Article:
If I ever go completely daft and circumstances are such that I would even remotely consider marrying again, I know -- from the ripe old vantage point of almost 50 -- at least one overlooked attribute I would now require of my new hubby.
He would have to love, and I mean LOVE, yard work. Or he would have to be of such financial ilk that he could afford a lawn boy. And I don't mean the kind with wheels and a motor.
I did, as luck would have it and my pocketbook could afford, purchase a retooled Lawnboy for $85 from a neighbor at the beginning of the summer. It started great -- I was able to pull it and start it without throwing out my lower lumbar region -- and it cut great, and I thoroughly enjoyed my first mowing romp of the season. Until I went to shut the thing off, that is. I let go of that grip/bar thing, which is supposed to automatically shut the mean, green machine down. But it did not shut off. So I just kept mowing until the gas ran out.
Not economical, what with the cost of gas and oil these days. Plus my lawn was nothing but nubs when the ol' girl (and I don't mean me) died.
My neighbor came over the next day, gave it a tug here and a tweak there, and varoom! She started up, and when he let go of that grip/bar thing, off she went.
So the next week, when it was time to mow, I tried to start her up -- and voila! She started! Off I went, mowing to my heart's content. Until, once more, I needed to take a potty break (yes, my son is almost 14 and I still say "potty break" -- so sue me) and the dang thing would not turn off. Have you ever tried to push a mower with your legs crossed? Not a pretty sight, my friends! I jiggled and wiggled the grip/bar thing and finally -- saints be praised -- it shut off.
The next time I mowed, I got some Christmas light cords (yes, I still had a few errant strands of lights tucked away in and dangling from the bottom of an evergreen) caught around a wheel. Do you think I could get the mower to shut off so I could extract the cords from the wheel? Heck, schmeck, no. I yelled for my son, who ran for another neighbor, who ran over and yanked out the spark plug, and that promptly shut her down.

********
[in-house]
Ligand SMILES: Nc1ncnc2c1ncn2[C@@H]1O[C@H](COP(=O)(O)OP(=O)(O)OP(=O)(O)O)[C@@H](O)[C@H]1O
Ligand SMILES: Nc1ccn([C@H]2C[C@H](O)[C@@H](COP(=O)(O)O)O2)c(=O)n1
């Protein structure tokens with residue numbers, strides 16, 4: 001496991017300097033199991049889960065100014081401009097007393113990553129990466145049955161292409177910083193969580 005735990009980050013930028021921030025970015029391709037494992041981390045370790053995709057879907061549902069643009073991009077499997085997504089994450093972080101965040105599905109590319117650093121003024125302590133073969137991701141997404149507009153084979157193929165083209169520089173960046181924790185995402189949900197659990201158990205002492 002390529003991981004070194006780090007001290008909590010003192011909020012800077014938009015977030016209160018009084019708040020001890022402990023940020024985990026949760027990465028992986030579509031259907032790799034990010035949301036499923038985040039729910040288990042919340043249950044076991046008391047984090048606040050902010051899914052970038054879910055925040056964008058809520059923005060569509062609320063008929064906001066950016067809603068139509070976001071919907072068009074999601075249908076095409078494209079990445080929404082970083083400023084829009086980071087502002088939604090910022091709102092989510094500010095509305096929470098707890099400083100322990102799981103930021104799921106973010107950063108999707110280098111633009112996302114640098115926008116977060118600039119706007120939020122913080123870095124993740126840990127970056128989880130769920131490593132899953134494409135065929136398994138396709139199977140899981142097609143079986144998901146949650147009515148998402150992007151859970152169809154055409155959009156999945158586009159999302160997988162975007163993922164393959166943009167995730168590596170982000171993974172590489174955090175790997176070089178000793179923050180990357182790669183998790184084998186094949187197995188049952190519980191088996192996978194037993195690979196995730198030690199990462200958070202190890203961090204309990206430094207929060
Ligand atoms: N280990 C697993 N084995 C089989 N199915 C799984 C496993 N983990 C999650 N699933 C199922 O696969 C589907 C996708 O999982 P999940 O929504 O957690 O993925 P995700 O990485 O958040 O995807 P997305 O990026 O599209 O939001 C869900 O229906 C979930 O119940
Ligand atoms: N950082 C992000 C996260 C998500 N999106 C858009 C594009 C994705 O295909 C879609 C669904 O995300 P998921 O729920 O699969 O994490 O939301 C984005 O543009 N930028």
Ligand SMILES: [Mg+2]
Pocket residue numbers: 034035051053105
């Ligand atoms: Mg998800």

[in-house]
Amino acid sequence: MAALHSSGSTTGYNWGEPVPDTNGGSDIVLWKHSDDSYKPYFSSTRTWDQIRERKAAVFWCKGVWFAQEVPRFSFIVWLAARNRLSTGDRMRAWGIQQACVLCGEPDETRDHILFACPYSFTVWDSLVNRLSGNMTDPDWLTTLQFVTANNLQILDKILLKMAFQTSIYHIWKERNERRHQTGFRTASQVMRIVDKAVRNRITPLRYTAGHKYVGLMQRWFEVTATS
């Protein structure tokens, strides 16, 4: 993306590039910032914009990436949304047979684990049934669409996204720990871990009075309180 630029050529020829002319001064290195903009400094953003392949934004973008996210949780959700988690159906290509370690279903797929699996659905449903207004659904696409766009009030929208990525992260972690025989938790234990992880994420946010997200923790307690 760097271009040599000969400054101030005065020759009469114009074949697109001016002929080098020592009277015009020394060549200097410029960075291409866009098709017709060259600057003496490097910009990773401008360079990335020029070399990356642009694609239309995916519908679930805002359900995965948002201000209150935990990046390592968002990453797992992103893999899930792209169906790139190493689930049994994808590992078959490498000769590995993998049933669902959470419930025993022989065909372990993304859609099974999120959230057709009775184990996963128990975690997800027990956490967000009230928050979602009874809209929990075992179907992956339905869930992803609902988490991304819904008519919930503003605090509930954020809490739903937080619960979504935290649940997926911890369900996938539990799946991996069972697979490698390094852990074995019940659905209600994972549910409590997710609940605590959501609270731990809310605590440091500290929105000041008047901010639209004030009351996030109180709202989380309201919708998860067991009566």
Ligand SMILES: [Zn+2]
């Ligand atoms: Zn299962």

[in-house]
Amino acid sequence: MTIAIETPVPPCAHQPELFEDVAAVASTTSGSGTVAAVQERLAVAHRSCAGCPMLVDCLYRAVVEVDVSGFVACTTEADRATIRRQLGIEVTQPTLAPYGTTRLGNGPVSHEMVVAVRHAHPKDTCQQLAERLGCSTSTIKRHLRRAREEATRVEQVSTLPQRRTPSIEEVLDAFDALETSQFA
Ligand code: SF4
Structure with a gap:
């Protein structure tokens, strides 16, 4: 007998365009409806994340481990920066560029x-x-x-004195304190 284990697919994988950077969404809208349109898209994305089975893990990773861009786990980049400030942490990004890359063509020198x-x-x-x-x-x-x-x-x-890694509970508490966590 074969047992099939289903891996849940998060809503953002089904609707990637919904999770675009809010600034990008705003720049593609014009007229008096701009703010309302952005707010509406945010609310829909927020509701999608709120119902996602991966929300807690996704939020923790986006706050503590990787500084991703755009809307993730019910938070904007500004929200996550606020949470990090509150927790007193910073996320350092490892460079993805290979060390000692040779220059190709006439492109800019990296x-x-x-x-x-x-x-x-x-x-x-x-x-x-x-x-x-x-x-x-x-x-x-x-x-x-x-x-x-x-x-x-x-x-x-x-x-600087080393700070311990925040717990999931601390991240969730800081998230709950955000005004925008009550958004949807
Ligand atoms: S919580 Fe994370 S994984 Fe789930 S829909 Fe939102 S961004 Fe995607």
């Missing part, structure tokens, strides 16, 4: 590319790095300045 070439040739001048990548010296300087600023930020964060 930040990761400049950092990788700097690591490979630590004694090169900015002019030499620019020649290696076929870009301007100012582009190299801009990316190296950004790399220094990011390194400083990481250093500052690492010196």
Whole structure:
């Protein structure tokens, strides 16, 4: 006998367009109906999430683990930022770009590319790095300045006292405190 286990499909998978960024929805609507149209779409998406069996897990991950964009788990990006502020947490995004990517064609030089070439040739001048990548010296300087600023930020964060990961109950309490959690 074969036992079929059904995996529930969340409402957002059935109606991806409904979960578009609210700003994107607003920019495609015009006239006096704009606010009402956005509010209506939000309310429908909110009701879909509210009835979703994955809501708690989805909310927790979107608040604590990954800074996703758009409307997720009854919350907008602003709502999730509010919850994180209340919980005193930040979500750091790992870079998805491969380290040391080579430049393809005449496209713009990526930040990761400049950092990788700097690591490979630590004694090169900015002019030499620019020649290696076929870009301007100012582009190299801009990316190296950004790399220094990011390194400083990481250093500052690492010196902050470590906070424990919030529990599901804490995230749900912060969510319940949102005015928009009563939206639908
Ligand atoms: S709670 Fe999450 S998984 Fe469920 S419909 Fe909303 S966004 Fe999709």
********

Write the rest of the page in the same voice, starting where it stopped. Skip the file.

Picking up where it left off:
Great. I, the woman who couldn't bring herself to light a match till the age of 33, was going to have to swiftly pull off a spark plug from the front of the hot mower just to turn it off every time I mowed?
Don't think so.
Once, out of total desperation fueld by 20 minutes of huffing and puffing and not getting the blankety-blank mower started, I cajoled the mail lady to try her hand at it. She tossed me her mail bag, gave the primer a couple pushs and yanked the pull, but to no avail.
"I think it's your primer," she said, taking back her mail bag and handing me a pile of envelopes. "Oh, and here's your phone bill, a couple of credit card bills, and a letter from your insurance agent. Have a nice day!"
So I call the neighbor who sold me the piece of crap, he gives the mower a little lookie-loo, and says, "Ah! It's your primer!"
My golly! The mail lady was right on the nosey!
Quick as a bunny, my neighbor repairs the primer hose, replaces the spark plug ( just for good measure), starts it, stops it; all is right as rain. And that's exactly what it did about 15 minutes later. Foiled again.
Fast forward to today. By cracky, the grip/bar thing was done busted. I called my mechanically-minded bro-in-law who wiggled and jiggled it, shot a little something-or-other oil down the cable but alas, the mower was, apparently, just plum wore out. Much like my hubby who spends his work week driving a tour bus, maintaining a nursing home and helping a friend haul trash. (My that marketing degree sure is coming in handy.)
"Well," I whined to my brother-in-law. "I could, I suppose, hitch a goat to the front of my son's bike..."
Suffice to say, we borrowed my bro-in-law's mower, and my dutiful sonny boy mowed the lawn -- he got stung by a bee, but hey, life is like that. Which is worse, a bee sting or mommy keeling over from heat stroke?
Besides, he really seems to enjoy mowing.
"Hey, mom! I love mowing the lawn!" my sweet 13-year-old sonny boy called out to me, as he rounded the side of the house, the borrowed mower purring like a kitten. Then my helpful little offspring gave a wink and nodded toward my neighbors' backyard where their 20-something granddaughter was sunning herself in an itsy-bitsy, teeny-weeny, nothin'-to-it black bikini.
They grow up so fast.